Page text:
Having a Baby
If you are expecting a child, plan ahead, and remember the PEI health care system is there to help you. The cost of prenatal (before birth) and postnatal (after birth) care is covered if you have the PEI Health Card. [See Related Resources]
If you think you are pregnant, you should contact your family doctor. Your doctor can give you information on how to take care of yourself and your baby during the pregnancy, and can also refer you to an obstetrician—a doctor who specializes in pregnancy and childbirth.
Before the Baby is Born
Ideally, prenatal care begins even before you become pregnant. If you are planning to become pregnant, it is wise to discuss your plans with your family doctor and to have a complete medical check-up.
During pregnancy, you should have regular medical check-ups. The doctor will conduct or recommend tests to help ensure that both you and your baby stay healthy.
Prenatal Assessment and Classes
When you are pregnant, your doctor can refer you to Public Health Nursing for a prenatal assessment and classes. A prenatal assessment is a one-on-one meeting with a nurse. The nurse can review your prenatal and postnatal needs and give you information on supports available to you in your community.
The nurse can also book you for prenatal classes, which cover such things as nutrition, childbirth preparation, hospital preview, breastfeeding, etc. Partners are welcome to attend those classes as well.
Hospital is the only option for women in PEI to give birth with doctors and nurses attending to them. Partners are welcome to be present at childbirth to support the mother.
Midwives and doula care are presently available in PEI, but you have to pay for the services yourself.
Contact the Women's Network PEI for more information on birthing alternatives in PEI.
[See Related Resources]
After the Baby is Born
When your baby is born you will need to:
- register the birth and apply for the Canada Child Benefit (CCB)
- get a birth certificate
- apply for a Social Insurance Number (optional)
Within 30 days of the birth of a child in PEI, the birth must be registered with Vital Statistics. This is usually done in the hospital after your baby is born.
While filling in the registration of birth form you will name your newborn. It is very important that you fill out the form correctly. If you need help, ask the hospital staff for assistance. As a parent, you must also provide your full birth name and the place where you were born.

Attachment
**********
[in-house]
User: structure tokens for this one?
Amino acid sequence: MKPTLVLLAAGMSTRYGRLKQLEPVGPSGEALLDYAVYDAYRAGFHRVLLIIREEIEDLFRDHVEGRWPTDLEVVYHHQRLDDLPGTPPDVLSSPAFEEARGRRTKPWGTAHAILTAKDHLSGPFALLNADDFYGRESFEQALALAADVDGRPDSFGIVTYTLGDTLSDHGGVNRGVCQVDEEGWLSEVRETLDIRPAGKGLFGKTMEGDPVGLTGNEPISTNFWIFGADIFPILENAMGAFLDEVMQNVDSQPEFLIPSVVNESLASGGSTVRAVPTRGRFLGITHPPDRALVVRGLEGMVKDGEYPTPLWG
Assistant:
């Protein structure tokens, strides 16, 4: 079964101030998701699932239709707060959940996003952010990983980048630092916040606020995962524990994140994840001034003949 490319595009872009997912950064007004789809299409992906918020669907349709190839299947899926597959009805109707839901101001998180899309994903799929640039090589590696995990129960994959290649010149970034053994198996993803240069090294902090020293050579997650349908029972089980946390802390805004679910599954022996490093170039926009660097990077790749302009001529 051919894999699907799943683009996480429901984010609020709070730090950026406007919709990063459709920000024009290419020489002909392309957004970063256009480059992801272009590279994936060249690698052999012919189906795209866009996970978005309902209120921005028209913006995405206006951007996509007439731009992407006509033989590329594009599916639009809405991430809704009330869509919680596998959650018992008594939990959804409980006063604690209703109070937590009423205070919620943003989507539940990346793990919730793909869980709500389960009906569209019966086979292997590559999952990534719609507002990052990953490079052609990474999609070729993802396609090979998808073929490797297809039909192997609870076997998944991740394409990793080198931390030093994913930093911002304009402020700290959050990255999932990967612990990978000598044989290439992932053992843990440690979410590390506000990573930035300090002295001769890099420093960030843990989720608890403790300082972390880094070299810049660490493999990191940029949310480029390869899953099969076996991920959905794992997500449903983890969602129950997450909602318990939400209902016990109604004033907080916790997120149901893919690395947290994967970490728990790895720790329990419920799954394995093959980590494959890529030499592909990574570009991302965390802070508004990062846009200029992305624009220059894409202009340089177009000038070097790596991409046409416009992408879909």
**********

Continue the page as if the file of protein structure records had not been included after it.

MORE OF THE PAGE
The birth certificate is the official document that contains information from the birth registration. It can be obtained after the birth registration has been processed and registered by Vital Statistics in person, or ordered by mail or online. [See Related Resources]
Public Health Nurses
Public Health Nurses will visit or call all new mothers when they return home from the hospital. They are available to help parents with healthy child care practices. If a problem develops, a nurse will assist the family to find help.
Family Resource Centres
Family Resource Centres across PEI offer programs for parents, parents-to-be, infants, children, and their families. These programs provide parent education and support groups, parenting resources, prenatal programs, drop-in play times, toy-lending libraries and outreach for smaller Island communities.
Families who want information about adopting a child, or birth parents who are thinking about giving a child up for adoption, may contact the government department in charge of the Adoption Program, or a licensed adoption agent.
The family adopting a child must undergo a family assessment, and the social and medical history of the child to be adopted must be completed by an authorized social worker. If giving a child up for adoption, the birth parents must receive counselling.
If you and your partner or spouse are experiencing difficulty conceiving a child, you can consult your doctor. If either of you is found to have infertility problems, your doctor can refer you to specialists in this area. However, you should be aware that the PEI Health Card does not cover the costs of fertility specialists or treatments.
Heterosexual couples who are sexually active, and do not wish to have a child, should consider birth control. Talk to your family doctor or nurse practitioner about the birth control options that best suit your lifestyle. Condoms and some other birth control products are available at most drug stores in the 'Family Planning' section.
In Canada, there are no legal restrictions on abortion. Regulations and accessibility vary from province to province. In PEI, surgical and medical abortions are available without a doctor's referral through the Women's Wellness Program. [See Related Resources]